Rutherford's atomic model or planetary model of the atom is a model proposed by Ernest Rutherford.
In 1909 the Geiger and Marsden experiment was performed, also known as the Rutherford experiment, as it was led by Rutherford himself. The Rutherford scattering observed in the investigation suggested that the early "Panettone" and "Saturnian" atomic models were incorrect.
The new model proposed by Rutherford had features that have been maintained even in later models, such as:
The concentration of most matter in a small volume compared to the atomic size, that is, an atomic nucleus
The presence of electrons revolving around the atomic nucleus.
Rutherford did not say anything about the electrons' possible movement because he knew that their revolution around the central nucleus would cause electromagnetic radiations. Radiation can occur only when the electron jumps from one orbit to another.
As re showed the atom with a nucleus and electrons orbiting around it, like the planets of the solar system, it became known as the planetary model.
What Are the Postulates of Rutherford's Model?
The atom is mostly empty space. Rutherford denied Thomson's atomic model by confirming the existence of the atomic nucleus, already postulated by Nagaoka. However, Rutherford pointed out that the nucleus of the atom is tiny compared to the atom itself.
The atomic nucleus concentrates the mass and the positive charges of the atom, balancing the electrical charge of the electrons.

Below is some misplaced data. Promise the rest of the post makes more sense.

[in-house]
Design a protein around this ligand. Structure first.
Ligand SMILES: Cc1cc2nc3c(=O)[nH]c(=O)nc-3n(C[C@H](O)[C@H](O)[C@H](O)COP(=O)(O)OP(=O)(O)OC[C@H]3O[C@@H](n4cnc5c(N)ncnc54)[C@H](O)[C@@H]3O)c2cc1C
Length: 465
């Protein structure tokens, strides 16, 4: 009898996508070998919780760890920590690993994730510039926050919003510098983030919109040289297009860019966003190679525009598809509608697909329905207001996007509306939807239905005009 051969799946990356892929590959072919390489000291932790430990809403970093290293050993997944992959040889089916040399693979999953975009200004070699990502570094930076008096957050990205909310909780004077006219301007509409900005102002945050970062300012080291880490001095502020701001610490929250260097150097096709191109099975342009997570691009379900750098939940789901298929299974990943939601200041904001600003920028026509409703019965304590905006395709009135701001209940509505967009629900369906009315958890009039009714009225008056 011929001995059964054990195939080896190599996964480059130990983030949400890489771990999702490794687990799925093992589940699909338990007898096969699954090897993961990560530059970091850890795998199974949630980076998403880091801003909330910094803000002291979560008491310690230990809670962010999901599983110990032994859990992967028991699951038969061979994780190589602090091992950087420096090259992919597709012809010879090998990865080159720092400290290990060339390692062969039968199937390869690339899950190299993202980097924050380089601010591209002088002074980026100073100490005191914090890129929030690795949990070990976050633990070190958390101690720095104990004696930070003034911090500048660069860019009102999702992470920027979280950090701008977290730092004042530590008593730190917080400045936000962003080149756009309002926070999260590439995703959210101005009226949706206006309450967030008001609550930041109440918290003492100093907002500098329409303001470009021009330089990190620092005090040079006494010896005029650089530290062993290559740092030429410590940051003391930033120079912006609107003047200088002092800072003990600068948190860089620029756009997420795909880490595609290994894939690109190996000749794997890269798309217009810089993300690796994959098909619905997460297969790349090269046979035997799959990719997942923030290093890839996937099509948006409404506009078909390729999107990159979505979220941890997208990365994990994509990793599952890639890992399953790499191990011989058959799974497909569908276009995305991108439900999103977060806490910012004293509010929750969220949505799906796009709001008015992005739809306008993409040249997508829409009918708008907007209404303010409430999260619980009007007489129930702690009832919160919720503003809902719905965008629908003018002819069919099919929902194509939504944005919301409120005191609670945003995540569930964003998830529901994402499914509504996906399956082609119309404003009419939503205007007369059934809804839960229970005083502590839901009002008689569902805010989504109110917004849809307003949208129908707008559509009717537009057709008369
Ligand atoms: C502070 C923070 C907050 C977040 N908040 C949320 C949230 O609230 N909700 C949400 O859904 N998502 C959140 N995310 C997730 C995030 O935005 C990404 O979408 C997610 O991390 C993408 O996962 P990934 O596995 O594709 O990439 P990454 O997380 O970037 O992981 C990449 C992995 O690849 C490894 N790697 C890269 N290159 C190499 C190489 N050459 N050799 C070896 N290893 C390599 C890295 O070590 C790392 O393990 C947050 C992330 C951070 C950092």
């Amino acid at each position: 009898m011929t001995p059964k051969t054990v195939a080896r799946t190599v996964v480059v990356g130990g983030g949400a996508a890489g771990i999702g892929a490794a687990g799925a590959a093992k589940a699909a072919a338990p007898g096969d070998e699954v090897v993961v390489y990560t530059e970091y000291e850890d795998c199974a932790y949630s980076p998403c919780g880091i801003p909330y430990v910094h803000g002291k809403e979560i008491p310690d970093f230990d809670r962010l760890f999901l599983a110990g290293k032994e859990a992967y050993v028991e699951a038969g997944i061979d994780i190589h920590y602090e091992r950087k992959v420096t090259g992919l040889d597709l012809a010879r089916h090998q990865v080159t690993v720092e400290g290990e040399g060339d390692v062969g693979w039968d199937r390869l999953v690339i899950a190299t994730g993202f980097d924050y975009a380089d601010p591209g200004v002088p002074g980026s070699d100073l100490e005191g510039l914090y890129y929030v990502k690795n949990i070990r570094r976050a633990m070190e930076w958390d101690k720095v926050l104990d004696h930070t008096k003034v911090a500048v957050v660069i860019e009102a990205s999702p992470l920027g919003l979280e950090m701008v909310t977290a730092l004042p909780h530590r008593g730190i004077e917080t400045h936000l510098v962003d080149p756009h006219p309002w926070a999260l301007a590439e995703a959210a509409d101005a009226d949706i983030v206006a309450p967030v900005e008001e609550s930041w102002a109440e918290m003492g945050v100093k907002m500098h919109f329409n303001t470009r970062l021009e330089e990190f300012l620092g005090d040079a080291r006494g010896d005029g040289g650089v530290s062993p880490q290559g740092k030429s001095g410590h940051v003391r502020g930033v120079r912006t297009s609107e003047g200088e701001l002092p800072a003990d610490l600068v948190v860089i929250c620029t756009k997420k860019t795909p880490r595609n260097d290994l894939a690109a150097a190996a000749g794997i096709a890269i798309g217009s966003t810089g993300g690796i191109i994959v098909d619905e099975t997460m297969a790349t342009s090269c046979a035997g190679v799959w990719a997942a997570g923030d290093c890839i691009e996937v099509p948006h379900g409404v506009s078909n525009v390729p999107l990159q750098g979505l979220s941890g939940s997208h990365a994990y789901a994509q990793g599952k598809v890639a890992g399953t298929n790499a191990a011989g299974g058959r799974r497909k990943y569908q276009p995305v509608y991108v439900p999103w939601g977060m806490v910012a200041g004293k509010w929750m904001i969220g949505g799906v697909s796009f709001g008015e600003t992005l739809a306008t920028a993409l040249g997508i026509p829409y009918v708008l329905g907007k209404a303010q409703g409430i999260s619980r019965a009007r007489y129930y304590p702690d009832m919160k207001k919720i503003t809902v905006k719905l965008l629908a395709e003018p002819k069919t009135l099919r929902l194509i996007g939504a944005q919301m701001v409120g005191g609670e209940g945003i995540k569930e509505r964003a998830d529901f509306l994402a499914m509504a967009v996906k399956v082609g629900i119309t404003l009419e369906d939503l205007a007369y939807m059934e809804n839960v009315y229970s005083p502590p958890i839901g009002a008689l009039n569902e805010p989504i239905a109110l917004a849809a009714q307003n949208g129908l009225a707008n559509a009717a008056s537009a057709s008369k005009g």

The negatively charged electrons present around the atom do not affect the scattering of the alpha particles.
How Did Bohr Expand on Rutherford's Model of the Atom?
Niels Bohr related the line spectra of the elements. He used a hydrogen atom. So, in 1913, Bohr proposed some postulates that altered the view of Rutherford's atomic model. He showed that electrons move around the atomic nucleus in circular paths orbits with well-defined energy (quantum mechanical energy), thus being an energy level or electronic layer. Only specific amounts of energy are allowed for each electron, with multiple integer values of the photon ( quantum number).
He also showed that when all the electrons in the atoms orbit around the nucleus at their lowest energy levels, the atom is in its ground state, which is the most stable. But if the electron absorbs photons, it jumps from a level closer to the nucleus to a higher energy level, more external. It is the activated state or excited state. But it is unstable, and the electron soon emits excess energy, returning to the lower energy level.
Using Max Planck's constant, Bohr obtained an exact formula for the energy levels of the hydrogen atom. Furthermore, he postulated that the angular momentum of the electron is quantized.
What Was Ernest Rutherford's Experiment Like?
In 1911 Rutherford proposed his model of atomic structure to explain the results of Geiger and Marsden's earlier experiment, which indicated the presence of a concentration of positively charged particles in the center of the atom: the atomic nucleus.
However, in his work, Rutherford proposed passing a high-speed α particle through an atom in a gold foil with a positive central charge while surrounded by an equal-magnitude charge of electrons. Rutherford concluded that the charge must be concentrated in a minimal volume relative to atomic size.
He did not attribute any structure to the orbits of the electrons. However, he did mention the Hantarō Nagaoka atomic model.